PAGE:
Caneton a l’orange recipe


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Caneton à l’Orange [Roast Duck with Orange Sauce]
One of the most well known of all the duck dishes, caneton à l’orange, is roast duck decorated with fresh orange segments and accompanied by an orange-flavored brown sauce. Its most important element is its sauce—a rich, strong, meaty, duck essence darkened with caramel, flavored with wine and orange peel, and given a light liaison of arrowroot. You can and should prepare the sauce well ahead of time so that when the duck is roasted, the dish is within 2 to 3 minutes of being done.
Caneton a l'orange recipe
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Caneton a l'orange recipe
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Blanching the orange peel
  1. Remove the orange part of the skin in strips with a vegetable peeler. Cut into julienne (small strips 1/16 inch wide and 1½ inches long). Simmer for 15 minutes in a quart of water. Drain. Pat dry in paper towels.
  2. Roasting the duck
  3. Season the duck cavity with salt and pepper, add a third of the prepared orange peel, and truss the duck. Roast it according to the master recipe
The sauce base
  1. While the duck is roasting, make a sweet-and-sour caramel coloring as follows: Boil the sugar and vinegar over moderately high heat for several minutes until the mixture has turned into a mahogany-brown syrup. Immediately remove from heat and pour in ½ cup of the duck stock. Simmer for a minute, stirring, to dissolve the caramel. Then add the rest of the stock, beat in the arrowroot mixture, and stir in the orange peel. Simmer for 3 to 4 minutes or until the sauce is clear, limpid, and lightly thickened. Correct seasoning, and set aside.
The orange segments
  1. Cut the 4 oranges into neat, skinless segments and place in a covered dish.
Final assembly
  1. When the duck is done, discard trussing strings, and set it on a platter. Place it in the turned-off hot oven, leaving the door ajar.
  2. Remove as much fat as you can from the roasting pan. Add the wine and boil it down rapidly, scraping up coagulated roasting juices and reducing the liquid to 2 or 3 tablespoons.
  3. Strain the wine reduction into the sauce base and bring to the simmer. Stir in the orange liqueur by spoonfuls, tasting. The sauce should have a pleasant orange flavor but not be too sweet. Add drops of orange bitters or lemon juice as a corrective.
  4. Just before serving, and off heat, swirl in the butter enrichment, and pour the sauce into a warmed sauce-boat.
  5. Place a line of orange segments over the length of the duck and heap the rest at the two ends of the platter. Spoon a bit of sauce with peel over the duck, and serve.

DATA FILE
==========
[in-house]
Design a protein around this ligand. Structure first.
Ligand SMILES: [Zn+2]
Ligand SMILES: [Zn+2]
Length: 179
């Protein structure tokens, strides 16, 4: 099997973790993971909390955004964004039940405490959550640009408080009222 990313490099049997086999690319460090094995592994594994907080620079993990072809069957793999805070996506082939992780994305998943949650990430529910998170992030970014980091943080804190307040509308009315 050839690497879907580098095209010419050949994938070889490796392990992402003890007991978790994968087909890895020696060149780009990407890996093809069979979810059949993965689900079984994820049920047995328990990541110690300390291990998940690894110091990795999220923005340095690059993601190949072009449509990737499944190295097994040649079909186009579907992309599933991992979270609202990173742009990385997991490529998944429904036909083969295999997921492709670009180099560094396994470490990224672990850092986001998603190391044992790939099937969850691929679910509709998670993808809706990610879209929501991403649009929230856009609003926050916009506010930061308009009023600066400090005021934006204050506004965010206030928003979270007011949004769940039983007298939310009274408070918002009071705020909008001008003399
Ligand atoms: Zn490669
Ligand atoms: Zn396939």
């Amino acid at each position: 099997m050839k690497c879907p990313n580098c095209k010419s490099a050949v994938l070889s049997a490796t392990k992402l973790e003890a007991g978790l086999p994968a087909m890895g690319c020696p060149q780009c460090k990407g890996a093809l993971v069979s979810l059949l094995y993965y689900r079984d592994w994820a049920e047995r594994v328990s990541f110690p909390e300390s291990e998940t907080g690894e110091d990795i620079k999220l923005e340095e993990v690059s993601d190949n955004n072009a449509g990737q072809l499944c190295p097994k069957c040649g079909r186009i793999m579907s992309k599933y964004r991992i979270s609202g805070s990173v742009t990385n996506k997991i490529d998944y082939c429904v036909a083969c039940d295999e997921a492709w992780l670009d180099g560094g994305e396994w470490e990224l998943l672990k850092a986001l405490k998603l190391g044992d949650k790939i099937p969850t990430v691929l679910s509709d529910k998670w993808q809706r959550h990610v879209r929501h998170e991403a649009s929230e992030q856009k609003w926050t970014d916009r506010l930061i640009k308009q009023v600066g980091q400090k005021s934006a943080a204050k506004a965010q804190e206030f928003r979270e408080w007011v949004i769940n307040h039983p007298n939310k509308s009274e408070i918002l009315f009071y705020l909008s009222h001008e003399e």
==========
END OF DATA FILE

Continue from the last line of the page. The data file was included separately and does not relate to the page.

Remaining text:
Recipe Notes

Nothing should interfere with the flavors of the duck, the sauce, and the oranges. Sautéed or shoestring potatoes, or homemade potato chips are your best choice. Serve a good red Bordeaux-Médoc, or a chilled white Burgundy—Meursault, Montrachet, or Corton-Charlemagne.

Under the ingredients needed for the sauce are 2 cups of excellent duck stock. This should be prepared ahead of time, as it must simmer about 2 hours.

A 5½-lb. ready-to-cook duckling
½ tsp salt
⅛ tsp pepper
A pinch of thyme or sage
A small sliced onion
Season the inside of the duck with salt, pepper, herbs, and the sliced onion. Secure the legs, wings, and neck skin to the body. Prick the skin around the thighs, back, and lower breast. Dry the duck thoroughly.
A shallow roasting pan just large enough to hold the duck easily
1 medium sliced carrot
1 medium sliced onion
Place the duck breast up in the roasting pan, strew the vegetables around it, and set it in the middle level of the oven for 15 minutes to brown lightly.
A bulb baster
Reduce oven to 350 degrees, and turn the duck on its side. Regulate heat so duck is always making cooking noises but fat is not burning. Remove accumulated fat occasionally (a bulb baster will suck it up easily). Basting is not necessary.
About 30 minutes later, or about halfway through, turn the duck on its other side.
½ tsp salt
Fifteen minutes before the end of the estimated roasting time, salt the duck and turn it breast up.
The duck is done to a medium rare if the juices from the fattest part of the thigh or drumstick run faintly rosy when the meat is pricked, and when the duck is lifted and drained, the last drops of juice from the vent are a pale rose. The duck is well done when the juices run pale yellow.
When done, discard trussing strings, and place the duck on a serving platter. Set in turned-off oven and leave the door open while preparing the sauce, which will take 3 to 4 minutes.
1½ to 2 cups brown duck stock, beef stock, or canned beef bouillon
Optional: 3 or 4 Tb port
Tilt the roasting pan and spoon out all but 1 tablespoon of fat. Add the stock or bouillon and boil rapidly, scraping up coagulated roasting juices, and crushing the vegetables, until liquid is reduced at least by half. Correct seasoning. Add optional wine and simmer a minute to evaporate its alcohol.
1 to 2 Tb softened butter
Off heat and just before serving, swirl the butter into the sauce and strain it into a sauceboat. Pour a bit of sauce over the duck, and serve.
Roast duck may wait in the turned-off hot oven, its door ajar, for about 30 minutes before serving.